My favorite way to do a game day with out-of-towners is to take a stroll through the Dairy Block and spin the music wheels mounted in the alley that play songs recorded by the Colorado Symphony. Grab a pre-game drink at a spot like Deviation Distilling, where cocktails are concocted with housemade bitters and syrups; or Poka Lola, which feels like a modern-day soda fountain shop that slings craft cocktails. Bonus: The Dairy Block has lots of photographic vignettes perfect for snapping photos of you and your visitors.

Another option? Meander through McGregor Square to feel the gameday energy. The Rally Bar has pregame bites and the Rally Hotel’s lobby features Rockies relics.

Get ice cream

One of the best local spots for ice cream in Denver is Little Man Ice Cream in LoHi, according to the long lines that form outside of the 28-foot-tall milk can awaiting scoops of salted oreo or vegan horchata. There’s usually an express line, too, dishing out a concise menu of favorites. But if it’s been a long time since you’ve seen your friends or fam, why not stand in the long line and catch up with one another?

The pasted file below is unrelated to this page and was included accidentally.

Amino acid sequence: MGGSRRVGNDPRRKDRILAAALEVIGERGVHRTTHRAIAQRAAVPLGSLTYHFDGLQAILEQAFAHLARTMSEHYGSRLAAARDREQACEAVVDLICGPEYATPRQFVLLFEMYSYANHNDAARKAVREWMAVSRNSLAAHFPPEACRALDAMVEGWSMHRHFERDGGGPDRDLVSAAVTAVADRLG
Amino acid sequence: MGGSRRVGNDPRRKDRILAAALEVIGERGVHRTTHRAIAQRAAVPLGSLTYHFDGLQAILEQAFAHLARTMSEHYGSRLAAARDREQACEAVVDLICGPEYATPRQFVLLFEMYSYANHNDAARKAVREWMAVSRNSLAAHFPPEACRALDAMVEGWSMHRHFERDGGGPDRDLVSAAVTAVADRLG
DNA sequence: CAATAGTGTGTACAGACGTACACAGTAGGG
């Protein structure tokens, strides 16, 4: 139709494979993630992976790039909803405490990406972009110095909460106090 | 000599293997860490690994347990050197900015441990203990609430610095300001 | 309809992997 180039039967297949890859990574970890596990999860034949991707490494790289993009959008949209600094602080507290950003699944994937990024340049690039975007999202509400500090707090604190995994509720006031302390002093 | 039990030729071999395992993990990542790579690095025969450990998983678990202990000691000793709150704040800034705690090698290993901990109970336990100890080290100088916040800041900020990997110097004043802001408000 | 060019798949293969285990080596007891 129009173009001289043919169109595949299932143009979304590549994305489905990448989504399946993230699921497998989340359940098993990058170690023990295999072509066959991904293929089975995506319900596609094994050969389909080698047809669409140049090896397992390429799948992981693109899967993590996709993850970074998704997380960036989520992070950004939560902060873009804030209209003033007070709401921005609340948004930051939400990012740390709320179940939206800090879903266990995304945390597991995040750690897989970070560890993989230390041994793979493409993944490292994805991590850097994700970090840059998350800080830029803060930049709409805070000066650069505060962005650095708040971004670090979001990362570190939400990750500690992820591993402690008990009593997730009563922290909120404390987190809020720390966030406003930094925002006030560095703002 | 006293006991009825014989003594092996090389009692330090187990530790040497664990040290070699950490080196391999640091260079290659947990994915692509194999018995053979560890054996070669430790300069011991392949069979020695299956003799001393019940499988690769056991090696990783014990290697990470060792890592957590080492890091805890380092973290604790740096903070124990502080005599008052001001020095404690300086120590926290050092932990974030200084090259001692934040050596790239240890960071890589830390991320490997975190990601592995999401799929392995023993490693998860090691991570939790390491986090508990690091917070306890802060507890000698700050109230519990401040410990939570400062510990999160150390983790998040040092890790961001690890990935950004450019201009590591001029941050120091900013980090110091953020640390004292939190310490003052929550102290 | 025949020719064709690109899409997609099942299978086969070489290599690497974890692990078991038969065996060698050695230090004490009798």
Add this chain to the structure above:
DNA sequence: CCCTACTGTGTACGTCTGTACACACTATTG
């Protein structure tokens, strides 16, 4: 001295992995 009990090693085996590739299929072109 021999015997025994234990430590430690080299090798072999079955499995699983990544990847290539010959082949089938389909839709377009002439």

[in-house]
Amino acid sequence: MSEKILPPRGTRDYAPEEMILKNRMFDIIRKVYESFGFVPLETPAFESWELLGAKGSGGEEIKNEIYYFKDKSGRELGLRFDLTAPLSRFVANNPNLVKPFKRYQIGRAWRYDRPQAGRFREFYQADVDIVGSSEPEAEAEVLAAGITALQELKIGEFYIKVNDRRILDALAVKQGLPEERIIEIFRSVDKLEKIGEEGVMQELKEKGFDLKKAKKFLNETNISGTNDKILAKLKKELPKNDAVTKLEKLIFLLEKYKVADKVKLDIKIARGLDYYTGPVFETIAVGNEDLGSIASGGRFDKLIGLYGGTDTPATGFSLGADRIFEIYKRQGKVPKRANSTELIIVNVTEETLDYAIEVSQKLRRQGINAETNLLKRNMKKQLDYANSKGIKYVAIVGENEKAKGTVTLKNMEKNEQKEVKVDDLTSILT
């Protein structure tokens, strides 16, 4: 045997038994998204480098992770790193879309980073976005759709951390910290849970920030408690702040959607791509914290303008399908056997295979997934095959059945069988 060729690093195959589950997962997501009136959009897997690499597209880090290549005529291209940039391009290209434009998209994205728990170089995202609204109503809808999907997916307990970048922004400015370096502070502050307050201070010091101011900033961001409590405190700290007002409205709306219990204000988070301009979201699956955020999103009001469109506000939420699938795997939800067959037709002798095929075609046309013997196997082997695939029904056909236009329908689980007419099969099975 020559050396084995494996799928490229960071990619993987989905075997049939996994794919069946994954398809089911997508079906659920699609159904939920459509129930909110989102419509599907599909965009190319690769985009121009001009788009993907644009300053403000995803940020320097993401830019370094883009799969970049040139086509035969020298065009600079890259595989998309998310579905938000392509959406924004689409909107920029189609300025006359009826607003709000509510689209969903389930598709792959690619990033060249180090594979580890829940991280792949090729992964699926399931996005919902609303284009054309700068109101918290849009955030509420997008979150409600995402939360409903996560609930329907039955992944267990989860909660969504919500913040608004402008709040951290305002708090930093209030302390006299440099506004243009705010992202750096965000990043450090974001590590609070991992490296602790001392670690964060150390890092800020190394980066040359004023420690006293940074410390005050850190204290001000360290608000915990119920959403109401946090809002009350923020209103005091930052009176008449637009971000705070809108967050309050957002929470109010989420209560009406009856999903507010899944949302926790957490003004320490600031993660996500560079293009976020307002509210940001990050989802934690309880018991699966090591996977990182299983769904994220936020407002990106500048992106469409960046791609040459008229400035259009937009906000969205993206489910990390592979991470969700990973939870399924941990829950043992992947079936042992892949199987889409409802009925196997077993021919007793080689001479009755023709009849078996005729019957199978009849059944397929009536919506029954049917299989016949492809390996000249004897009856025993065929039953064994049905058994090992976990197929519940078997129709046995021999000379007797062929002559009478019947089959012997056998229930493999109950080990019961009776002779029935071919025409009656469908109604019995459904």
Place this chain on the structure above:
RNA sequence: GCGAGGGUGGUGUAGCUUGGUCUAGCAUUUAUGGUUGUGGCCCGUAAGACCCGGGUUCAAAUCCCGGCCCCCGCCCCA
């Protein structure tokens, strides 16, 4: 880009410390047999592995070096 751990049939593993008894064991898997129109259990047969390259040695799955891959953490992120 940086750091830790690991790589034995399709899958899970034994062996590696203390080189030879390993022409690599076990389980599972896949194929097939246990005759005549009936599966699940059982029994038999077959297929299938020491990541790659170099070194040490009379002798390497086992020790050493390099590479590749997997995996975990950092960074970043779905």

Do a beer crawl

If your guests are here for the beer, show them a good time with a beer crawl. According to Visit Denver, there are 150 brewpubs, breweries and taprooms in the metro area. Zoom in on the scene in RiNo, which is home to some greats like Bierstadt Lagerhaus, Ratio Beerworks, Our Mutual Friend Brewing and Odell’s Five Point Brewing House, where you and your pals can sample experimental releases.

Or, discover a triangle of spots in northeast Denver, sampling Czech lagers at Cohesion Beer Co., IPAs at Cerebral Brewing and a curated selection of beers from around the state (and country) at Ephemeral Taphouse.

Check out a cocktail bar